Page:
Ok, I am lying there, I wouldn't feel bad at all, but I'd be aware that I should.

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ER
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« Reply #67 on: May 04, 2020, 12:17:47 PM »

Well, Boris has been really playing up his time with Covid-19. He's been saying how the doctors were giving him a 50/50 chance and so on. Can't help but think he is playing it up for the publicity since while he was sick it was made clear that he didn't require a ventilator. Not a medical expert though so I'll confess I could be, being harsh there. His government has been putting a spin on the numbers of PPE equipment delivered though. They were claiming a billion assets have been delivered, but they've started counting things like cleaning sprays, and individual gloves rather than pairs.

Decided to order to new desktop last night. The laptop I've been using really doesn't cut it for what I need it to do. Next month I can look at adding a 3D printer.

Have you seen the Lego-style video the Chinese have put out criticising the US governments Covid response? Read a bit about it, but I haven't bothered watching it.

Ended up getting a free Indian meal tonight. One of the local restaurants has been making free meals for people struggling with money. Normally they give a day or two's notice and that gives the team distributing the food time to assign it to the correct people, but today they just turned up with 50 meals and the volunteers couldn't find enough people to give the food to at short notice, so we ended up being given three of them. If it wasn't for the fact the food would have been binned I'd feel bad about it.

Ok, I am lying there, I wouldn't feel bad at all, but I'd be aware that I should.



You openly serve your nation, therefore your nation owes you. Take whatever those you defend offer you. Others who do less would have taken it without a qualm.
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Das was mich nicht umbringt, macht mich noch merkwürdiger. (What does not kill me makes me stranger.)
Alex
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« Reply #68 on: May 05, 2020, 02:29:43 PM »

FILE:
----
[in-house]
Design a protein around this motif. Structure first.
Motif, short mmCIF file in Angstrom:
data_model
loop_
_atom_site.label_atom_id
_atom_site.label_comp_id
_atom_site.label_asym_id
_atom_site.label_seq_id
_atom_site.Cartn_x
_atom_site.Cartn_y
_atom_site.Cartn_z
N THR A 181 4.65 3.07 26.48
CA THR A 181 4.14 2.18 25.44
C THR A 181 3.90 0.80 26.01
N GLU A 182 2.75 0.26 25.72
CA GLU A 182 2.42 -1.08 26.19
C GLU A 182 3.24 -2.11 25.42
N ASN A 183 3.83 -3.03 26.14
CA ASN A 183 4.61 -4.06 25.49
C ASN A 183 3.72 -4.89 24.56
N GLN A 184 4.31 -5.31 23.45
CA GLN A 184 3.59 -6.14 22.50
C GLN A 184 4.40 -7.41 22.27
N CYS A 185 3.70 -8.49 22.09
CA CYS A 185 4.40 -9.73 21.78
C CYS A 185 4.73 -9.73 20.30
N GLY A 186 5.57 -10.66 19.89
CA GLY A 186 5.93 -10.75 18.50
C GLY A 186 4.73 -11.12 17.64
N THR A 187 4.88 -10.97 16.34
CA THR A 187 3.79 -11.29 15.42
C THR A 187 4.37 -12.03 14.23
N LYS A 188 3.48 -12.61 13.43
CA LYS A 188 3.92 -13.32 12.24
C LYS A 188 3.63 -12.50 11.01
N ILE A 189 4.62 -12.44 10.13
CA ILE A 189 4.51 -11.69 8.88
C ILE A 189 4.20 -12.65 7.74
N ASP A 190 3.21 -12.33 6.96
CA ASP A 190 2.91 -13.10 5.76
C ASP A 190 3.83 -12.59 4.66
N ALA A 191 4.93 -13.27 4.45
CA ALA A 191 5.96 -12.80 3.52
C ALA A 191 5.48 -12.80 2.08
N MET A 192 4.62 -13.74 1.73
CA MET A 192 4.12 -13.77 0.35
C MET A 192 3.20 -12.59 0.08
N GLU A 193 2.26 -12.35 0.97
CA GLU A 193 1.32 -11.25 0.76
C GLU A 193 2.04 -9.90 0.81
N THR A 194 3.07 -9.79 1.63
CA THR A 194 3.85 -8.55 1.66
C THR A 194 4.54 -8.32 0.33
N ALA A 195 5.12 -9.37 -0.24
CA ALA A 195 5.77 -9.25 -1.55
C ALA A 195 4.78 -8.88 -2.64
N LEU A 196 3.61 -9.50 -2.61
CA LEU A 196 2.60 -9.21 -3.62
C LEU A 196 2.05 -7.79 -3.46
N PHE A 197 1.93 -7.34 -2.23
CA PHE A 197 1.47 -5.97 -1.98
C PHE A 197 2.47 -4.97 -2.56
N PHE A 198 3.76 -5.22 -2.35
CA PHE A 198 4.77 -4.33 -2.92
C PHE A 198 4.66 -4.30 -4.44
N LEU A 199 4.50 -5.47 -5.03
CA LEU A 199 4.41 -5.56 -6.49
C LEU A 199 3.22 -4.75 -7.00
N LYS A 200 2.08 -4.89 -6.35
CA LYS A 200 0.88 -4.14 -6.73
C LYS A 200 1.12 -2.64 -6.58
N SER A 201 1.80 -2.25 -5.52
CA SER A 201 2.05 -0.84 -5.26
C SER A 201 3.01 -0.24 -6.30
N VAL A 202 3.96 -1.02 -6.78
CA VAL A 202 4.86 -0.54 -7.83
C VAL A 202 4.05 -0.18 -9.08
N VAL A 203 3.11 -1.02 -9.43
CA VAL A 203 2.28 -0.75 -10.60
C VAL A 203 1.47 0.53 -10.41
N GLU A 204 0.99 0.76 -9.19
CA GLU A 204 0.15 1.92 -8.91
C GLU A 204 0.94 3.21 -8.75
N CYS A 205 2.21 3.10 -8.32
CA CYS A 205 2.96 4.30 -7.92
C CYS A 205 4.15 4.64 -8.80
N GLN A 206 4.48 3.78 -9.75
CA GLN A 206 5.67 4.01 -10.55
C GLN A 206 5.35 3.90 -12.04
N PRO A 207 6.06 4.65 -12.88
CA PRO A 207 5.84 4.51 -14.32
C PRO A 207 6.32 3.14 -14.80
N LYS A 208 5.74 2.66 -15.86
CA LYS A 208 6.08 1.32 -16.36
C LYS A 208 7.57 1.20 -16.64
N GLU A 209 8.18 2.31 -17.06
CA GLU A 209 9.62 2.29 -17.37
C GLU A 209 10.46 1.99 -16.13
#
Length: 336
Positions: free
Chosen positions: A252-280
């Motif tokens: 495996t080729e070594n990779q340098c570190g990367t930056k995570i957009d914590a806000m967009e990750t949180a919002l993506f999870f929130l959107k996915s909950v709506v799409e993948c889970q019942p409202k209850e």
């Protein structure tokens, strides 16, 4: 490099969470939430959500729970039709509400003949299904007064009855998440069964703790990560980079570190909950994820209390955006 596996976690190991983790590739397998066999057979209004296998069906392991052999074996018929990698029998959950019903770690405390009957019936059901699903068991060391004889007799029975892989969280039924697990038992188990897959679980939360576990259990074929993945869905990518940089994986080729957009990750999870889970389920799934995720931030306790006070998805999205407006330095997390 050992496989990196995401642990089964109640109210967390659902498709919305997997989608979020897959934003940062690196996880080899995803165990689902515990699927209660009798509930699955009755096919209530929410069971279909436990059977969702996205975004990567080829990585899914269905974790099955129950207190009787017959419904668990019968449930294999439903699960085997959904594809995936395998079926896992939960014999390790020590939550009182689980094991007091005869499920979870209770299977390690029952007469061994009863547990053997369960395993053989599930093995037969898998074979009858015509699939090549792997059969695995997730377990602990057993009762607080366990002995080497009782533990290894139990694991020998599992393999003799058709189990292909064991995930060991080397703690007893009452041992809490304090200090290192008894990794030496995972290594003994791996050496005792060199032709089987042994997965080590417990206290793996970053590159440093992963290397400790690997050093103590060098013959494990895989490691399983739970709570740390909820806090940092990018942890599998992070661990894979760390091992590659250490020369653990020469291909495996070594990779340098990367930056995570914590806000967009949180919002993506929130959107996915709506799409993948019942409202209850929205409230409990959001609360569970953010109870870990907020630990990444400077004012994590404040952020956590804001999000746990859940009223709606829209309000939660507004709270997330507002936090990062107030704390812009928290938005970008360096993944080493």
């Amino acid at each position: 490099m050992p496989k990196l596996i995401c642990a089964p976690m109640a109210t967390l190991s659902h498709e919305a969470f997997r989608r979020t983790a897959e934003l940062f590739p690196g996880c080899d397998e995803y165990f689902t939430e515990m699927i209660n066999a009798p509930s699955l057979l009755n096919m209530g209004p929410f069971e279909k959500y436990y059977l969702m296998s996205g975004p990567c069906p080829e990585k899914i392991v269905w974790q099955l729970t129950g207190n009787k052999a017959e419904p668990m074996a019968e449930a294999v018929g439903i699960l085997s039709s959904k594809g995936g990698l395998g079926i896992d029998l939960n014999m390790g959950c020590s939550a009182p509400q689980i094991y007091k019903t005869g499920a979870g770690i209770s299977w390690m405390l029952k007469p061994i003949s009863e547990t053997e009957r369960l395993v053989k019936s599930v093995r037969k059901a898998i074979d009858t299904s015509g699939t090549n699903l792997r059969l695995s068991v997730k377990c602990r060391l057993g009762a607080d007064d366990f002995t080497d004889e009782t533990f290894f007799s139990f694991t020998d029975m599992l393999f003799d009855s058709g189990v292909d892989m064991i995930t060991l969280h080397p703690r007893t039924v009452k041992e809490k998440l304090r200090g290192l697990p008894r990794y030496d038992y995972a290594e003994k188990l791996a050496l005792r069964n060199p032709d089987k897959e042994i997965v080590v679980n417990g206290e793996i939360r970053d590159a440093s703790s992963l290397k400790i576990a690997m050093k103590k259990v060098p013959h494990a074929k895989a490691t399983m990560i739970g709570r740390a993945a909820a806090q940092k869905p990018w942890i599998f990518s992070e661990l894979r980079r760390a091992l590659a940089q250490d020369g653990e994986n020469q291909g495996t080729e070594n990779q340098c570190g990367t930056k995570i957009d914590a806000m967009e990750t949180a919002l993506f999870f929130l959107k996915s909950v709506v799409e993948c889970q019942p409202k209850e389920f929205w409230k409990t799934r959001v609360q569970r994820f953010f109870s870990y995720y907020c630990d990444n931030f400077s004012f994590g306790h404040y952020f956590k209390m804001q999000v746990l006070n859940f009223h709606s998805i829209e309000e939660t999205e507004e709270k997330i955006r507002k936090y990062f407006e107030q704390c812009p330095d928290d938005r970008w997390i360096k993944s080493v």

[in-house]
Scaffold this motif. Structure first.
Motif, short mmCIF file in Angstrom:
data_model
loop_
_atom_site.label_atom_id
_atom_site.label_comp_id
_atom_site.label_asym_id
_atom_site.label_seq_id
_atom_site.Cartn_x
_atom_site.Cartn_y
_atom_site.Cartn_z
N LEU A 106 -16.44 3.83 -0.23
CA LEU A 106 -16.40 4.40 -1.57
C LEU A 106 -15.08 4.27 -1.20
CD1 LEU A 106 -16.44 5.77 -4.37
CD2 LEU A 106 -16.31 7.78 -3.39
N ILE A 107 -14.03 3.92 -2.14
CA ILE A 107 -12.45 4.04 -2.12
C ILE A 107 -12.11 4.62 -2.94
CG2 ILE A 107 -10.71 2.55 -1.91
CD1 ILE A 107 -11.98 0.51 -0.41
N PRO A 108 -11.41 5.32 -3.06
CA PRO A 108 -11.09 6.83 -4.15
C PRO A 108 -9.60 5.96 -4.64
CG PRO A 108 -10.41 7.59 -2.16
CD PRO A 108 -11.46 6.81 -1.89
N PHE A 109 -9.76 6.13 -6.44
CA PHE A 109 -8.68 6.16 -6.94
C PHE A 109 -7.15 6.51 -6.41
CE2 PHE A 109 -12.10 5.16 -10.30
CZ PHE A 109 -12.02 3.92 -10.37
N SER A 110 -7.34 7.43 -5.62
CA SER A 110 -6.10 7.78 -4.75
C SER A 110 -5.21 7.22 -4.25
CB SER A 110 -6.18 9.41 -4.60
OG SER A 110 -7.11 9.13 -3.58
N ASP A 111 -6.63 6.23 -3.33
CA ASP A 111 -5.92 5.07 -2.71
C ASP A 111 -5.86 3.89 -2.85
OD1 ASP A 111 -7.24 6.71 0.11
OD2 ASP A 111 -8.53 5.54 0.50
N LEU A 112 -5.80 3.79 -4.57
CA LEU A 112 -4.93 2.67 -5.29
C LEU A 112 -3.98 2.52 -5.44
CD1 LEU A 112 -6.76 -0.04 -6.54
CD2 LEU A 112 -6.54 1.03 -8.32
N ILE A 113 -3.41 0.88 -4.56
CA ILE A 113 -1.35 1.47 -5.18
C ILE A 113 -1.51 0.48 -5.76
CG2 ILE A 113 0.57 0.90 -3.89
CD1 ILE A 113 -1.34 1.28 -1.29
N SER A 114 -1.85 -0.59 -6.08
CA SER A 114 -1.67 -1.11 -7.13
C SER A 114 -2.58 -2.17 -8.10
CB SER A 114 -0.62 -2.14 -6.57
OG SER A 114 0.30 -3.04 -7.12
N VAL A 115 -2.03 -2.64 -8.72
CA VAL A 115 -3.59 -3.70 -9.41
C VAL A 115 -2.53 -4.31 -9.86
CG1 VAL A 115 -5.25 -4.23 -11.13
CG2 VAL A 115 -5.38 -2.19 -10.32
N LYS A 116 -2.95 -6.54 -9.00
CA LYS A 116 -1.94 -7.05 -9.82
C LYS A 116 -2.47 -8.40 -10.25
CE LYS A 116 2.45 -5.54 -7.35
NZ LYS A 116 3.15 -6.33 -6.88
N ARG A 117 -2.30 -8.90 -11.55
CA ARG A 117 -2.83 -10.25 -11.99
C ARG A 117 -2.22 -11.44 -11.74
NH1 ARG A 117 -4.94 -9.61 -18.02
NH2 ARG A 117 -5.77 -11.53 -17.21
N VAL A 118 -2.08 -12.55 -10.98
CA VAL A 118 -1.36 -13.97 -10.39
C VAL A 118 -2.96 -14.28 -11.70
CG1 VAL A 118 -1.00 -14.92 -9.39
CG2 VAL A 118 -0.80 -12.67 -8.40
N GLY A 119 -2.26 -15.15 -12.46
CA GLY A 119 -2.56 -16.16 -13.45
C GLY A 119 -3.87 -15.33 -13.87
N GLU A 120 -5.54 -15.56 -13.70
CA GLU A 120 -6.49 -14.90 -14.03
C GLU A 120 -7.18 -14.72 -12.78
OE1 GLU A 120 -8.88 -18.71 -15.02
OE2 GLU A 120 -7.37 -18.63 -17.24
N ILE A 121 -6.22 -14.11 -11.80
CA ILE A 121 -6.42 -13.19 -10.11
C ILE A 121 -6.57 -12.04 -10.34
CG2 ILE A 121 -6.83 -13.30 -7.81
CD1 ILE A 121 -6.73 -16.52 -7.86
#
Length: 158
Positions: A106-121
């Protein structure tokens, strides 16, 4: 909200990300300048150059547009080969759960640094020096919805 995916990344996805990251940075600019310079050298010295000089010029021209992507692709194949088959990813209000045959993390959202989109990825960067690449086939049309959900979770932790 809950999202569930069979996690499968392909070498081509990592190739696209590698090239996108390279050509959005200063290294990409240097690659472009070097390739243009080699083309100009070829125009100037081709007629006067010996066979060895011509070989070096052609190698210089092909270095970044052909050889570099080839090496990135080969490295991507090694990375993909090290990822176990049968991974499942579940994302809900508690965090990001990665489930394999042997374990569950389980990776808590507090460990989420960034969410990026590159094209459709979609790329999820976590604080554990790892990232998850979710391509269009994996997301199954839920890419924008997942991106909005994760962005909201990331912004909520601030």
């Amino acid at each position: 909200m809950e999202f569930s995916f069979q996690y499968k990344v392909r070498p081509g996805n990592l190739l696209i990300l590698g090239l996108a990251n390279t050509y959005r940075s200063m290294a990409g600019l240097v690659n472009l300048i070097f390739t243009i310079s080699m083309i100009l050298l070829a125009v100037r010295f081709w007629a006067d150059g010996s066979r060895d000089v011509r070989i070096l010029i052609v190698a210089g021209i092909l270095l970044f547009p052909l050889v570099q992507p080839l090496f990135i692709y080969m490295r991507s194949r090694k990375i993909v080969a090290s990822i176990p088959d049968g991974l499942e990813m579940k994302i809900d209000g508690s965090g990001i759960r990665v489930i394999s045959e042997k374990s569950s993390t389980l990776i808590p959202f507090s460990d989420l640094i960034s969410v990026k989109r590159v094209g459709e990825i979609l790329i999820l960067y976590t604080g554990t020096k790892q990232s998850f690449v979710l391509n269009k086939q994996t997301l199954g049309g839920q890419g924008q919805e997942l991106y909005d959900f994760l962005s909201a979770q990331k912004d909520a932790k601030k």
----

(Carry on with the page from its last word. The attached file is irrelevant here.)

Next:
Well, today I got a message from Terry at work asking me to call him when I had a minute. Even though the text said it was nothing bad, I still always worry about these things.

I've been applying for various posts in the hope of remaining at Lossiemouth for the remainder of my career and so far I'd been turned down for them for various reasons. It doesn't help that they are short of people who are trained to do my job and the posts I've been applying for are what are called "off-trade" so manning have been saying "Nope, he can't be released from his trade to do this job." That is what happened with the job I really wanted, which would have involved a move down to Glasgow.

I miss being able to jump on a train to Glasgow and go shopping there. Although not as much since The Dragon & George (my favourite D&D type store) closed down. I was always pretty sure that the guy who ran it, Tom was in fact an avatar of Nyarlathotep. Especially because he always denied it.

Anyway, the phone call was because Terry had received word on the last job I had applied for. He told me about the message he had been sent as to the success or failure of my application. Bearing in mind that this was pretty much my last chance to remain at Lossiemouth where I have been based my entire career or have to move elsewhere, it is pretty important to us. Especially Kristi who wants to remain in Lossiemouth, and if I am entirely honest I don't want Ash growing up with an English accent. Besides, there are a lot of advantages to being north of the border (since Scotland got its own parliament, the land border has moved south as some towns in the border region have asked to move under Scottish jurisdiction so they must be doing something right).

Having some beers now, to either celebrate or commiserate. I am not going to say which just because I think Barri will want to know the answer.

I can't imagine anyone else would, but if anyone does have a burning need to know, PM and I'll reply. Unless I don't like you, in which case I won't.
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chefzombie
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« Reply #69 on: May 05, 2020, 06:28:49 PM »

my darling butthead, you are far more transparent then you think, at least to SOME of us, lol! congratulations!  Cheers
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« Reply #70 on: May 06, 2020, 02:51:22 AM »

I guess not as much as you might think since I didn't get the job.  Lookingup
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« Reply #71 on: May 07, 2020, 05:12:18 AM »